Found 148 articles starting with I:

Infinitives Showing Tense and Voice

Elsewhere I’ve stated that the conjugated verb shows four things: tense, person, number, and mood. I’ve also stated that verbal phrases like the infinitive phrase do not show tense. Well, that’s true for what’s called the simple infinitive: ...

inflammable, noninflammable, flammable

The words flammable and inflammable mean the same thing. But the prefix in- misleads many people. They assume that inflammable means “not...

Inflict vs. Afflict

If someone stabs you with a knife, did they afflict you with a wound, or inflict a wound on you? On the othe...

influence - correct spelling

influence - noun and verb  Example: The minister exerted undue influence on the parishioner to make her change her will. ...

influential - correct spelling

influential - adjective  Example: She is an influential lawmaker in the state legislature....

information - correct spelling

information - noun  Example: The attachment to the email provided the information we needed....

infuse - vocabulary

verbTo instill, introduce, or inculcate principles or qualities, as if by pouring, as in The teacher infused new life into the classroom; to inspire or imbue (usually followed by with), as in ...

ingenious - correct spelling

ingenious - adjective  Not ingenius. Not ingenuous.Grammar.com’s section on Problem Words discusses ingenuous...

ingenuous - correct spelling

ingenuous - adjective  Not ingenious.Grammar.com’s section on Problem Words discusses ingenuous and ingenious...

ingenuous, disingenuous - vocabulary

adjectiveIngenuous: candid, frank, or open in character or quality; characterized by an inability to mask feelings, not devious.Disingenuous: the dis-...

ingenuous, ingenious

These two words, which sound so alike, are actually nearly opposites. Ingenuous means “to be artless, simple, innocent; lacking in cunning, guile, or worldliness.” It also means “openly straightforward or frank; candid.”...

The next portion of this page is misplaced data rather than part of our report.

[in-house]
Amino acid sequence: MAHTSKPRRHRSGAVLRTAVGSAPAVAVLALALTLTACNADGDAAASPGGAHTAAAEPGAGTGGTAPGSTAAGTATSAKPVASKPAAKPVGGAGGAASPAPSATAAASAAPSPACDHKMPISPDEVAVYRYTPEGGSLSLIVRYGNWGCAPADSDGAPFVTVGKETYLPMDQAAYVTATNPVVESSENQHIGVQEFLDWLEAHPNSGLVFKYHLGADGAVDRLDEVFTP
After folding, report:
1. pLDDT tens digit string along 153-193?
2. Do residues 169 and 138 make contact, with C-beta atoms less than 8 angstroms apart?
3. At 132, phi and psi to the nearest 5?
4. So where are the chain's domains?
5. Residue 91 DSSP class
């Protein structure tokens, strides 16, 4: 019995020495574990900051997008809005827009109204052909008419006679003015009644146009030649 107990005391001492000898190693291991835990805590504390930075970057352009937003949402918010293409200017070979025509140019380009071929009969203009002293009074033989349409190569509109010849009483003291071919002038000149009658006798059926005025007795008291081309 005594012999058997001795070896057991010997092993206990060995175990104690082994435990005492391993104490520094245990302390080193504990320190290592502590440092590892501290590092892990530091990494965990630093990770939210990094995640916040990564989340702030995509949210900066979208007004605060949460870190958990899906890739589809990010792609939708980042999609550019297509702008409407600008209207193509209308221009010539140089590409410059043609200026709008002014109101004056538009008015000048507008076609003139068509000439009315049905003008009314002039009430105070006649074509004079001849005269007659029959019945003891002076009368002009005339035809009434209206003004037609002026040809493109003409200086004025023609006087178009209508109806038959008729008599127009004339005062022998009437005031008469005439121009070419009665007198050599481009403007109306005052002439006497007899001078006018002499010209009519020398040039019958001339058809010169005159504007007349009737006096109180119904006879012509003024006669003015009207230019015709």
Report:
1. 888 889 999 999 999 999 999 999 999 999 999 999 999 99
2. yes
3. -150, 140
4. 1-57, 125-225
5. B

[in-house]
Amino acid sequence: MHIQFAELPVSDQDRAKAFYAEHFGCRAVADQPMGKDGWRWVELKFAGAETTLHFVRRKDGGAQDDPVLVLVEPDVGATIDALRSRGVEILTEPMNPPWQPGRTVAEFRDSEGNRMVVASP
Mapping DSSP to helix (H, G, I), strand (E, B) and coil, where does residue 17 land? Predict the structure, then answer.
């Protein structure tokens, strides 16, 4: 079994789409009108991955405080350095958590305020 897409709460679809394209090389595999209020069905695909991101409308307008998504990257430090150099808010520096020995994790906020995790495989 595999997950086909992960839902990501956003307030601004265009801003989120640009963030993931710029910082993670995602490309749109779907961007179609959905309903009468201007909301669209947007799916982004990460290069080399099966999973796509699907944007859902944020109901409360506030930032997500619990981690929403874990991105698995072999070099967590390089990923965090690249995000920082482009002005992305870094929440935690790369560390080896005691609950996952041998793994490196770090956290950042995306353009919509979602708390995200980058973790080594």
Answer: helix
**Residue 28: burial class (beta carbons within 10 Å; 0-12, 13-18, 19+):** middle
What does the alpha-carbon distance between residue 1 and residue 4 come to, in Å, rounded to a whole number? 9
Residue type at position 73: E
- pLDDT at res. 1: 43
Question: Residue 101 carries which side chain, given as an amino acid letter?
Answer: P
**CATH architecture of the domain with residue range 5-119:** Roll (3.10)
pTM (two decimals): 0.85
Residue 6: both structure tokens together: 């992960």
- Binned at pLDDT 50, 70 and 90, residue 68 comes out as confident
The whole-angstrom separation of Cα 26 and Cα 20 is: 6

ingratiate - vocabulary

verbTo win confidence or good graces for oneself, especially through deliberate effort. “Yes, this is a monument he is setting up here,” said Anna, turning to Dolly with that sly smile of comprehension with...

inimical - vocabulary

adjectiveAdverse in effect or tendency, harmful, unfavorable; unfriendly, hostile. In other words, Mr. Dimmesdale, whose sensibility of nerve often produced the effect of spiritual intuition, would bec...

initialism, acronym

An acronym is a pronounceable name made up of a series of initial letters or parts of words; for example, UNESCO for the United Nations Educational, Scientific, and Cultural Organization.An initialism, on the other hand, is simply a ...

initiate - correct spelling

initiate - verb and noun  Example: She plans to initiate the new procedure this afternoon. verb...

innocence - correct spelling

innocence - noun  Example: Before the judge imposed the sentence, the convicted felon continued to maintain his innocence....

inoculate - correct spelling

inoculate - verb  Not innoculate.Example: The doctor wanted to inoculate the poor children in the village....

input

Many people use this trendy word to mean “participation in or contribution to an endeavor or project.” In short, they want to provide input. Careful writers, however, avoid this jargon word and restrict their use of ...

inquiry - correct spelling

inquiry - noun  Example: The panel’s official inquiry will uncover the truth....

Inquiry vs. Enquiry

There are so many words in English that are either so similar to each other in spelling and pronunciation or...

insatiable - vocabulary

adjectiveIncapable of being satisfied or appeased, as in an insatiable thirst for fine wine. Sonia said this as though in despair, wringing her hands in excitement and distress. Her pale cheek...

inscrutable - vocabulary

adjectiveIncapable of being analyzed, investigated, or scrutinized; impenetrable, not easily understood; unfathomable; mysterious, as in an inscrutable smile; incapable of being seen through, as in the in...

insidious - vocabulary

adjectiveIntended to beguile or entrap, as in an insidious plot; stealthily deceitful or treacherous, as in an insidious foe; proceeding in a seemingly harmless way but actually with dangerous effect...

insidious, invidious

Insidious is used to describe something that is subtly harmful or cunningly treacherous. Something is insidious if it lies in wait, seeks to entrap, or operates secretly or subtly so as not to arous...

Insight vs. Incite

Homophones are words that share the same pronunciation but differ in spelling and meaning, such as to, too, two; and so, sew, and sow. ...

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